Q2's speech headings are confusing. To denote the entering servants Q2 prints Ser., 1., 2., and 3. Wilson, Williams, and Gibbons simply change these headings to First, Second, Third, and Fourth Servingmen, and they all leave the stage at the end of their scene. Evans uses the same speech headings, but in his edition the Second Servingman exits after "let the porter let in Susan Grindstone and Nell" (l. 121)--as though obeying the command. Evans edits on a new line "Anthony and Potpan!"; in his interpretation these are the names of the third and fourth servants who enter to this call.
In Jowett's edition [Peter] and other Servingmen come forth with napkins. He employs Peter and only two more servants--giving the last line of this sequence (attributed to 3 in Q2) to the first servant (following Folio's emendation). He considers this a deliberate alteration since the ball-scene "would put severe casting demands on an Elizabethan company; a reduction in the number of Servingmen would save a part." In the previous scenes we met only two Capulet servants quarrelling with two Montague servants (I.i), and there will be no need to have more than four servants onstage at a time in the rest of the play too. Therefore even if there are only three servants (as Jowett suggests) onstage here, one of them must be "borrowed" from the Montagues: an example of doubling, which was a common practice in the Elizabethan theatre. Jowett also remarks in a footnote that F alters Q2's false Enter Romeo to Enter Seruant. This might indicate a separate entrance for Peter before the other servants, "which would be an attractive staging," concludes Jowett.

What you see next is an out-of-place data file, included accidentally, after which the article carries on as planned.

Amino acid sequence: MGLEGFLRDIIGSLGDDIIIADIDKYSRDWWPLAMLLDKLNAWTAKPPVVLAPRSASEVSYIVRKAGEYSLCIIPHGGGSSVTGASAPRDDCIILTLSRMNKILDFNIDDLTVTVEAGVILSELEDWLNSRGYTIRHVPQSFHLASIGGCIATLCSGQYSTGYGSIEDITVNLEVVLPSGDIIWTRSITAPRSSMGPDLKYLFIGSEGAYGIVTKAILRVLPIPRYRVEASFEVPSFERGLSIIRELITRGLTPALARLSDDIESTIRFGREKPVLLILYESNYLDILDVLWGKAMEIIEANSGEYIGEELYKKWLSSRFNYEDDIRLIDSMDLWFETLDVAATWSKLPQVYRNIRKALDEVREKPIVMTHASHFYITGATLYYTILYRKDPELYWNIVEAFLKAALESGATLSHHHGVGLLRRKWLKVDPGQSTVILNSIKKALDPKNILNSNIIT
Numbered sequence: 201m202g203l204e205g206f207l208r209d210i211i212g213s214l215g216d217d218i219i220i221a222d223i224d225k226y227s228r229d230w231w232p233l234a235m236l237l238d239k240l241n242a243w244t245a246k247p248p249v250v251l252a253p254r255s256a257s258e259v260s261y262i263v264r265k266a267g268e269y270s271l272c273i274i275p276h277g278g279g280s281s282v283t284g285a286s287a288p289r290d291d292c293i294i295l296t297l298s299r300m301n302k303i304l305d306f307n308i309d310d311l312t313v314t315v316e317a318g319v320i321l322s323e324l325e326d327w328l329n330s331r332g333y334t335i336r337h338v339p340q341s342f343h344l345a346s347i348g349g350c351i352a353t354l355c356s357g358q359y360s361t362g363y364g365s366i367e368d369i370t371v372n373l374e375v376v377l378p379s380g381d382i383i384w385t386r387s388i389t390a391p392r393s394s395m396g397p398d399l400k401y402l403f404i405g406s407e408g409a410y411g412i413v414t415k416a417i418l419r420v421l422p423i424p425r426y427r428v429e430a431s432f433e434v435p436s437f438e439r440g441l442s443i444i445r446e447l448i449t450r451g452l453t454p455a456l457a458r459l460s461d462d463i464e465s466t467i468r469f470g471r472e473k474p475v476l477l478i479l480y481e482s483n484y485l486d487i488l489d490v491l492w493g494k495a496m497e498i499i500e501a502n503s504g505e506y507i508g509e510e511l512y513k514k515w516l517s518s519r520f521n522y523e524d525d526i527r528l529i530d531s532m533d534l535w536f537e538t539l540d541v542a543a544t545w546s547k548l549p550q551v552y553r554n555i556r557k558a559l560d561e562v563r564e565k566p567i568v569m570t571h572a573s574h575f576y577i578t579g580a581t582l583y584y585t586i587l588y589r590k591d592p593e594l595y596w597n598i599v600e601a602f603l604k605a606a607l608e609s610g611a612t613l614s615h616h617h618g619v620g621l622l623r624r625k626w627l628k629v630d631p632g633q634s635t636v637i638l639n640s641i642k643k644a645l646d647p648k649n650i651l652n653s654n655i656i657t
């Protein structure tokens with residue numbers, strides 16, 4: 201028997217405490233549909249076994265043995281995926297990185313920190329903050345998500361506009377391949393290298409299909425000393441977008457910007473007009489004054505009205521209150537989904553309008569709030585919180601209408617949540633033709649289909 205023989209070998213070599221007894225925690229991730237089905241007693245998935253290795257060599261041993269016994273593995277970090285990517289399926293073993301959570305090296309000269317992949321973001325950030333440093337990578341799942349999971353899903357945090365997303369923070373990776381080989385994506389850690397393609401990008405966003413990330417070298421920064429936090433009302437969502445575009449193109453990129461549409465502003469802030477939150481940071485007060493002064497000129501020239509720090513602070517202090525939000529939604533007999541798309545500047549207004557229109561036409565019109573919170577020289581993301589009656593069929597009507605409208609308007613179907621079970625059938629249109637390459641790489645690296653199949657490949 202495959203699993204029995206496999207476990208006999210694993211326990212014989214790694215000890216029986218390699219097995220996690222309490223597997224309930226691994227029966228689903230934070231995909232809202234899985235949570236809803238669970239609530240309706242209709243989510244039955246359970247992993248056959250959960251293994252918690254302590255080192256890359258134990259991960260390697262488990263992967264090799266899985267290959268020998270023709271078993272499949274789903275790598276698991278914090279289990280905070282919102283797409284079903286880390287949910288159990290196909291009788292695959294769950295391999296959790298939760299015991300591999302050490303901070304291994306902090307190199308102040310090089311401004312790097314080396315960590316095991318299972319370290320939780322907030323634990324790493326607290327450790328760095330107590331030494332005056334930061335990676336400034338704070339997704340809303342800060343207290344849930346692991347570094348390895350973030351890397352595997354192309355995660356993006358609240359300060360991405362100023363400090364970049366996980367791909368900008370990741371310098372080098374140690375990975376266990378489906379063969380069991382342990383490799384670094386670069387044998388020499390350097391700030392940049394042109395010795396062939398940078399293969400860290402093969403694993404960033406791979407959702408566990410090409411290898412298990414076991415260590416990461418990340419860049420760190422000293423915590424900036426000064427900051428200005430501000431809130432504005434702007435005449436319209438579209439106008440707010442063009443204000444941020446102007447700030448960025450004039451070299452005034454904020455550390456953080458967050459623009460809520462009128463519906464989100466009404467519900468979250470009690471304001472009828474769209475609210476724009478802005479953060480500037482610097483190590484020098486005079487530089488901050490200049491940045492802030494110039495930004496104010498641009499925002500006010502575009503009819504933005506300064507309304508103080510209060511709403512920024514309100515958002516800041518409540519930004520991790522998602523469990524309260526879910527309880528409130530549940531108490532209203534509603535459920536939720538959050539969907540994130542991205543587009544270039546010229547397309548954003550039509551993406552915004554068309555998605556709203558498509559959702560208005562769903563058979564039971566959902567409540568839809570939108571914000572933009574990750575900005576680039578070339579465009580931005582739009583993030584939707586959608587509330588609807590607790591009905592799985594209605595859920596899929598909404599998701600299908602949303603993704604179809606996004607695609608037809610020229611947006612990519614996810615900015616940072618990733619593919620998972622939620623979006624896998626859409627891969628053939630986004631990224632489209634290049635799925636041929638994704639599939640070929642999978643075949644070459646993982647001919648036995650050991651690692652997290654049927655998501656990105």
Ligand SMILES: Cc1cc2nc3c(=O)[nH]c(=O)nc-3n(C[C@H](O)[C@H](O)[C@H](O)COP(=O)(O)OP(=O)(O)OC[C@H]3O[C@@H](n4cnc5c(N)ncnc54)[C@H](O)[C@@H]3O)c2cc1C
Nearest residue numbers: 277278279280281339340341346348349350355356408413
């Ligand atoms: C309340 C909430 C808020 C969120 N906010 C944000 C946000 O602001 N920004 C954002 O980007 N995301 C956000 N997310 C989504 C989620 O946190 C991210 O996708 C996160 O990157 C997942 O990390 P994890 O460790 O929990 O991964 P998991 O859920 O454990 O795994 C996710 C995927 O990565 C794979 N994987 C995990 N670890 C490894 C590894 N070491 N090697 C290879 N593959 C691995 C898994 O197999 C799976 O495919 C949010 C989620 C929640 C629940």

Levenson, following Q2, differentiates the [Chief] Serving-man from the other three. She mentions that some modern editors "tend to identify Anthony and Potpan with Serving-man 2 and Serving-man 3, sometimes providing them with a separate entrance at l. 121 so that they seem to answer to their names." However, she believes that the lack of directions in Q2 during this sequence allows "different kinds of business in performance." Indeed, the director must decide whether to employ three or four servants, whether one of them should be Peter or not, and at which point to have them enter at all. Here again, it is the editor's task to give some possible variations in order to help the director's work.
Q2 reads Exeunt at the end of the servants' scene. Levenson uses the same direction. Williams and Gibbons also add [Servingmen] to make the direction clearer. Wilson's and Evans's directions (Servingmen withdraw, and They retire behind, respectively) go back to Malone (1790) who was the first to edit this scene-change this way. The words "withdraw" and "retire behind" leave us in uncertainty of whether this movement ends up-stage or off stage. Jowett definitely keeps the servants onstage, as do most performances, and they usually "come and go, setting forth tables and chairs" just as Jowett instructs them, while the guests are entering. Jowett's direction is placed immediately after the servants' dialogue followed by a direction for the guests' entrance. While Levenson manages to retain the continuity of I.iv by regarding the traditional I.iv and I.v as one scene, Jowett manages to retain the fluidity between the servants' and the guests' parts within one scene. His conjectured direction is obviously based on stage practice.